hybrid solvers on these models in Ocean documentation's
:std:doc:`Getting Started examples ` and the
`dwave-examples GitHub repository `_.
Typically you construct a model when reformulating your problem, using such
techniques as those presented in D-Wave's system documentation's
:std:doc:`sysdocs_gettingstarted:doc_handbook`.
CQM Example: Using a dimod Generator
------------------------------------
This example creates a CQM representing a
`knapsack problem `_ of ten
items.
>>> cqm = dimod.generators.random_knapsack(10)
CQM Example: Symbolic Formulation
---------------------------------
This example constructs a CQM from symbolic math, which is especially useful for
learning and testing with small CQMs.
>>> x = dimod.Binary('x')
>>> y = dimod.Integer('y')
>>> cqm = dimod.CQM()
>>> objective = cqm.set_objective(x+y)
>>> cqm.add_constraint(y <= 3) #doctest: +ELLIPSIS
'...'
For very large models, you might read the data from a file or construct from a NumPy
array.
BQM Example: Using a dimod Generator
------------------------------------
This example generates a BQM from a fully-connected graph (a clique) where all
linear biases are zero and quadratic values are uniformly selected -1 or +1 values.
>>> bqm = dimod.generators.random.ran_r(1, 7)
BQM Example: Python Formulation
-------------------------------
For learning and testing with small models, construction in Python is
convenient.
The `maximum cut `_ problem is to find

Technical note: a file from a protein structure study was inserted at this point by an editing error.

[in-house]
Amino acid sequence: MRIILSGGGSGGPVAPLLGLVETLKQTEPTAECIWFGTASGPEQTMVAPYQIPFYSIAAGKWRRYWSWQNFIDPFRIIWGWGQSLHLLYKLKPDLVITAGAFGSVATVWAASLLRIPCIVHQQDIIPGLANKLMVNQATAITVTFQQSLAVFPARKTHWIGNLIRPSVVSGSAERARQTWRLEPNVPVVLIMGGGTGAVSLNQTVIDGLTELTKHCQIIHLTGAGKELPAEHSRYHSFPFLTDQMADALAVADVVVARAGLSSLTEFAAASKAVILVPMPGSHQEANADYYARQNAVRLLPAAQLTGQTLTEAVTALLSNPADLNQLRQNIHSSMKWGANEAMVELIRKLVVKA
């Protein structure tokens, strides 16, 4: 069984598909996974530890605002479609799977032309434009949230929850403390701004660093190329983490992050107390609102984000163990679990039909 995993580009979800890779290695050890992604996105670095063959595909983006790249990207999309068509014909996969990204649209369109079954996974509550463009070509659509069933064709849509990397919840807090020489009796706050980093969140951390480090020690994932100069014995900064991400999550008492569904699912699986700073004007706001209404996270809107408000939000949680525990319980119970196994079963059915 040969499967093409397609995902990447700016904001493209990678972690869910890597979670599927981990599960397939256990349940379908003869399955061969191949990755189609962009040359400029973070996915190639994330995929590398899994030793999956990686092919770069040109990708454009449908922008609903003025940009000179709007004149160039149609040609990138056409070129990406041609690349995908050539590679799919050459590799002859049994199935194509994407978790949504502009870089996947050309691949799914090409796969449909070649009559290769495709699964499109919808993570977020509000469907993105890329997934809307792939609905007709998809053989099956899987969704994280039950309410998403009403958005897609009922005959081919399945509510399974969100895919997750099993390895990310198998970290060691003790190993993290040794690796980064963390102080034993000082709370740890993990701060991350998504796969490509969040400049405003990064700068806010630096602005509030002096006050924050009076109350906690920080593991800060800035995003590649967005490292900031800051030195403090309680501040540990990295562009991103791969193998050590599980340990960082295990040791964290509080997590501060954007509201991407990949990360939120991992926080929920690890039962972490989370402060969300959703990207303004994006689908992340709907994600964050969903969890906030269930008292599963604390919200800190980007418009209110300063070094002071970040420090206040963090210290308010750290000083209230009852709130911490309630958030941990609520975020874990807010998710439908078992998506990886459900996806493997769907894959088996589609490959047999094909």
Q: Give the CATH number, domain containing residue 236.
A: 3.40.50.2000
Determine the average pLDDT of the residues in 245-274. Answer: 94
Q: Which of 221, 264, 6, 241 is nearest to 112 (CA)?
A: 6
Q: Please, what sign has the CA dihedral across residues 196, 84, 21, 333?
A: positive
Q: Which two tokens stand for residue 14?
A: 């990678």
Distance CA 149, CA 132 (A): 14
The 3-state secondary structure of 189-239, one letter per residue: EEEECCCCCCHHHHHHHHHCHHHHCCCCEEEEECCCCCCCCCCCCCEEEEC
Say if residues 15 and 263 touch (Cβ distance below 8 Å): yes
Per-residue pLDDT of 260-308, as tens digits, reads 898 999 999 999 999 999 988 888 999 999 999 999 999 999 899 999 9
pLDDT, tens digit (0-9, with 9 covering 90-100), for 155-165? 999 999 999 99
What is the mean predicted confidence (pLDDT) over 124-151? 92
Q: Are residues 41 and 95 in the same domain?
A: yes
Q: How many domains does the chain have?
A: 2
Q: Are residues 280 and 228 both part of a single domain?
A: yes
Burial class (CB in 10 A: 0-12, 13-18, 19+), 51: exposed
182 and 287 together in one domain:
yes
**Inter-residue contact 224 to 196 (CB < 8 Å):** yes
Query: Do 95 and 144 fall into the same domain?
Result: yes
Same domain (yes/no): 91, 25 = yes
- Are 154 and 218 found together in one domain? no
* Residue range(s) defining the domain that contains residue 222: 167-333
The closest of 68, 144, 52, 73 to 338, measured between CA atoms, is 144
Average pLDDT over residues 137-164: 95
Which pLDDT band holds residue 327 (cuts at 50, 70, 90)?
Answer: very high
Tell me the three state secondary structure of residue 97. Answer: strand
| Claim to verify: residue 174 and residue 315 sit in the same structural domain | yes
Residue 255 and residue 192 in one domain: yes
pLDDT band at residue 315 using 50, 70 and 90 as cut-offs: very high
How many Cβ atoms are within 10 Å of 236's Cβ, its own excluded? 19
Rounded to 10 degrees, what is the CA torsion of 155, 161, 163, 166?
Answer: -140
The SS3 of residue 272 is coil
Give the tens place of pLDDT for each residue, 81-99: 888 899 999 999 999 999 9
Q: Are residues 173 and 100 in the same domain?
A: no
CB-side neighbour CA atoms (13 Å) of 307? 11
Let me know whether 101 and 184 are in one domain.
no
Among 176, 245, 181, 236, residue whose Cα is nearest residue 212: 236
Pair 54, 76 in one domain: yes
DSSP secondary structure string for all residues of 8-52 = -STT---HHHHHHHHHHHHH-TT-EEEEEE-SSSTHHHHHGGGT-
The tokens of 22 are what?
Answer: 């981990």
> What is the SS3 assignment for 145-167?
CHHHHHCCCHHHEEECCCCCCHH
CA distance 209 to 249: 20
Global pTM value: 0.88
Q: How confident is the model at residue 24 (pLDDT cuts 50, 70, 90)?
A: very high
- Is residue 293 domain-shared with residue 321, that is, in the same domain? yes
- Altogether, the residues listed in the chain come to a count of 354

a subset of a graph's vertices such that the number of edges between it and the
complementary subset is as large as possible.
.. figure:: ../_images/four_node_star_graph.png
:align: center
:scale: 40 %
:name: four_node_star_graph
:alt: Four-node star graph
Star graph with four nodes.
The `dwave-examples Maximum Cut `_
example demonstrates how such problems can be formulated as QUBOs:
.. math::
Q = \begin{bmatrix} -3 & 2 & 2 & 2\\
0 & -1 & 0 & 0\\
0 & 0 & -1 & 0\\
0 & 0 & 0 & -1
\end{bmatrix}
>>> qubo = {(0, 0): -3, (1, 1): -1, (0, 1): 2, (2, 2): -1,
... (0, 2): 2, (3, 3): -1, (0, 3): 2}
>>> bqm = dimod.BQM.from_qubo(qubo)
BQM Example: Construction from NumPy Arrays
-------------------------------------------
For performance, especially with very large BQMs, you might read the data from a
file using methods, such as :func:`~dimod.binary.BinaryQuadraticModel.from_file`
or from NumPy arrays.
This example creates a BQM representing a long ferromagnetic loop with two opposite
non-zero biases.
>>> import numpy as np
>>> linear = np.zeros(1000)
>>> quadratic = (np.arange(0, 1000), np.arange(1, 1001), -np.ones(1000))
>>> bqm = dimod.BinaryQuadraticModel.from_numpy_vectors(linear, quadratic, 0, "SPIN")
>>> bqm.add_quadratic(0, 10, -1)
>>> bqm.set_linear(0, -1)
>>> bqm.set_linear(500, 1)
>>> bqm.num_variables
1001
QM Example: Interaction Between Integer Variables
-------------------------------------------------
This example constructs a QM with an interaction between two integer variables.
>>> qm = dimod.QuadraticModel()
>>> qm.add_variables_from('INTEGER', ['i', 'j'])
>>> qm.add_quadratic('i', 'j', 1.5)
Data Structure
==============
Quadratic models are implemented with an adjacency structure in which each variable
tracks its own linear bias and its neighborhood. The figure below shows the graph
and adjacency representations for an example BQM,
.. math::
E(x) = .5 x_0 - 3 x_1 - x_0 x_1 + x_0 x_2 + 2 x_0 x_3 + x_2 x_3
.. figure:: ../_images/adj-reference.png
:align: center
:name: Adjacency Structure
:alt: Adjacency Structure
Adjacency structure of a 4-variable binary quadratic model.